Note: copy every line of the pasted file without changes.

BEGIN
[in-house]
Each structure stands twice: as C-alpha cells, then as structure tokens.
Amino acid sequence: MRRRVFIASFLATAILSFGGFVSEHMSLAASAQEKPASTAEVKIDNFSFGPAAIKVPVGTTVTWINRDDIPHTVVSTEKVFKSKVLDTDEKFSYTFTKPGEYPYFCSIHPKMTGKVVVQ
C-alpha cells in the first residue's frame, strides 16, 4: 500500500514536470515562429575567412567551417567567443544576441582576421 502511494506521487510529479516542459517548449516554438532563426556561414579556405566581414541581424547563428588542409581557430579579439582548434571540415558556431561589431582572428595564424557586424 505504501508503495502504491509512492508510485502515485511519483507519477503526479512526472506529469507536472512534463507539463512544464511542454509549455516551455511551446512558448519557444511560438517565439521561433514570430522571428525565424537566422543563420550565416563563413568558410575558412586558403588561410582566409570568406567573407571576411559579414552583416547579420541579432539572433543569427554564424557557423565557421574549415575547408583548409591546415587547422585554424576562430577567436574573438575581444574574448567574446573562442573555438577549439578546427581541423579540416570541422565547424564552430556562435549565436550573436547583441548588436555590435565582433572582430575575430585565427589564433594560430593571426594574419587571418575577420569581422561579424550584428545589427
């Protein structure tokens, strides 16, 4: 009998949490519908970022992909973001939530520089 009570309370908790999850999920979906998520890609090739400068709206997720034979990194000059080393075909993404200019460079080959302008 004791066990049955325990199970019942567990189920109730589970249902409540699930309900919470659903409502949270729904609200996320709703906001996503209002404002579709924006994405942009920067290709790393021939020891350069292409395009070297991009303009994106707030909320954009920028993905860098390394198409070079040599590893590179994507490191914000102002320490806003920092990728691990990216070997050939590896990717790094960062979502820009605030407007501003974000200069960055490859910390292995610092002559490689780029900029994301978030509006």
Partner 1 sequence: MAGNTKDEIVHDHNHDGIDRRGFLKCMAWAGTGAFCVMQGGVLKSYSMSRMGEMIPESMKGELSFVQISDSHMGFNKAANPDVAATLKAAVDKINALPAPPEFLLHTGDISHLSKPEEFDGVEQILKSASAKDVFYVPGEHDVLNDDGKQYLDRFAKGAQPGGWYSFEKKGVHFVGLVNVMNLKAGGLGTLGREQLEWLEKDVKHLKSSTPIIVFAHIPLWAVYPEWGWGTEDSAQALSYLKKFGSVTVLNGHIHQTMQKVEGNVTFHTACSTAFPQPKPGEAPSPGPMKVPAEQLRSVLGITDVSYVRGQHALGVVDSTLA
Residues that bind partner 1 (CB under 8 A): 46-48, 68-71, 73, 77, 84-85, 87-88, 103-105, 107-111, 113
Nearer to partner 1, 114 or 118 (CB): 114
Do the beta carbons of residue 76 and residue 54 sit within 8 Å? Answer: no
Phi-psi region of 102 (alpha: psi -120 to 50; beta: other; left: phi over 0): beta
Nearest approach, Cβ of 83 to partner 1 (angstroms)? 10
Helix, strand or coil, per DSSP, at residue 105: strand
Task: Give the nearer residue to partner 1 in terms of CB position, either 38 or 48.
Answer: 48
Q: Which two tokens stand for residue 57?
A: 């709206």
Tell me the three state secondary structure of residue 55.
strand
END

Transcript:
[in-house]
Each structure stands twice: as C-alpha cells, then as structure tokens.
Amino acid sequence: MRRRVFIASFLATAILSFGGFVSEHMSLAASAQEKPASTAEVKIDNFSFGPAAIKVPVGTTVTWINRDDIPHTVVSTEKVFKSKVLDTDEKFSYTFTKPGEYPYFCSIHPKMTGKVVVQ
C-alpha cells in the first residue's frame, strides 16, 4: 500500500514536470515562429575567412567551417567567443544576441582576421 502511494506521487510529479516542459517548449516554438532563426556561414579556405566581414541581424547563428588542409581557430579579439582548434571540415558556431561589431582572428595564424557586424 505504501508503495502504491509512492508510485502515485511519483507519477503526479512526472506529469507536472512534463507539463512544464511542454509549455516551455511551446512558448519557444511560438517565439521561433514570430522571428525565424537566422543563420550565416563563413568558410575558412586558403588561410582566409570568406567573407571576411559579414552583416547579420541579432539572433543569427554564424557557423565557421574549415575547408583548409591546415587547422585554424576562430577567436574573438575581444574574448567574446573562442573555438577549439578546427581541423579540416570541422565547424564552430556562435549565436550573436547583441548588436555590435565582433572582430575575430585565427589564433594560430593571426594574419587571418575577420569581422561579424550584428545589427
């Protein structure tokens, strides 16, 4: 009998949490519908970022992909973001939530520089 009570309370908790999850999920979906998520890609090739400068709206997720034979990194000059080393075909993404200019460079080959302008 004791066990049955325990199970019942567990189920109730589970249902409540699930309900919470659903409502949270729904609200996320709703906001996503209002404002579709924006994405942009920067290709790393021939020891350069292409395009070297991009303009994106707030909320954009920028993905860098390394198409070079040599590893590179994507490191914000102002320490806003920092990728691990990216070997050939590896990717790094960062979502820009605030407007501003974000200069960055490859910390292995610092002559490689780029900029994301978030509006």
Partner 1 sequence: MAGNTKDEIVHDHNHDGIDRRGFLKCMAWAGTGAFCVMQGGVLKSYSMSRMGEMIPESMKGELSFVQISDSHMGFNKAANPDVAATLKAAVDKINALPAPPEFLLHTGDISHLSKPEEFDGVEQILKSASAKDVFYVPGEHDVLNDDGKQYLDRFAKGAQPGGWYSFEKKGVHFVGLVNVMNLKAGGLGTLGREQLEWLEKDVKHLKSSTPIIVFAHIPLWAVYPEWGWGTEDSAQALSYLKKFGSVTVLNGHIHQTMQKVEGNVTFHTACSTAFPQPKPGEAPSPGPMKVPAEQLRSVLGITDVSYVRGQHALGVVDSTLA
Residues that bind partner 1 (CB under 8 A): 46-48, 68-71, 73, 77, 84-85, 87-88, 103-105, 107-111, 113
Nearer to partner 1, 114 or 118 (CB): 114
Do the beta carbons of residue 76 and residue 54 sit within 8 Å? Answer: no
Phi-psi region of 102 (alpha: psi -120 to 50; beta: other; left: phi over 0): beta
Nearest approach, Cβ of 83 to partner 1 (angstroms)? 10
Helix, strand or coil, per DSSP, at residue 105: strand
Task: Give the nearer residue to partner 1 in terms of CB position, either 38 or 48.
Answer: 48
Q: Which two tokens stand for residue 57?
A: 């709206």
Tell me the three state secondary structure of residue 55.
strand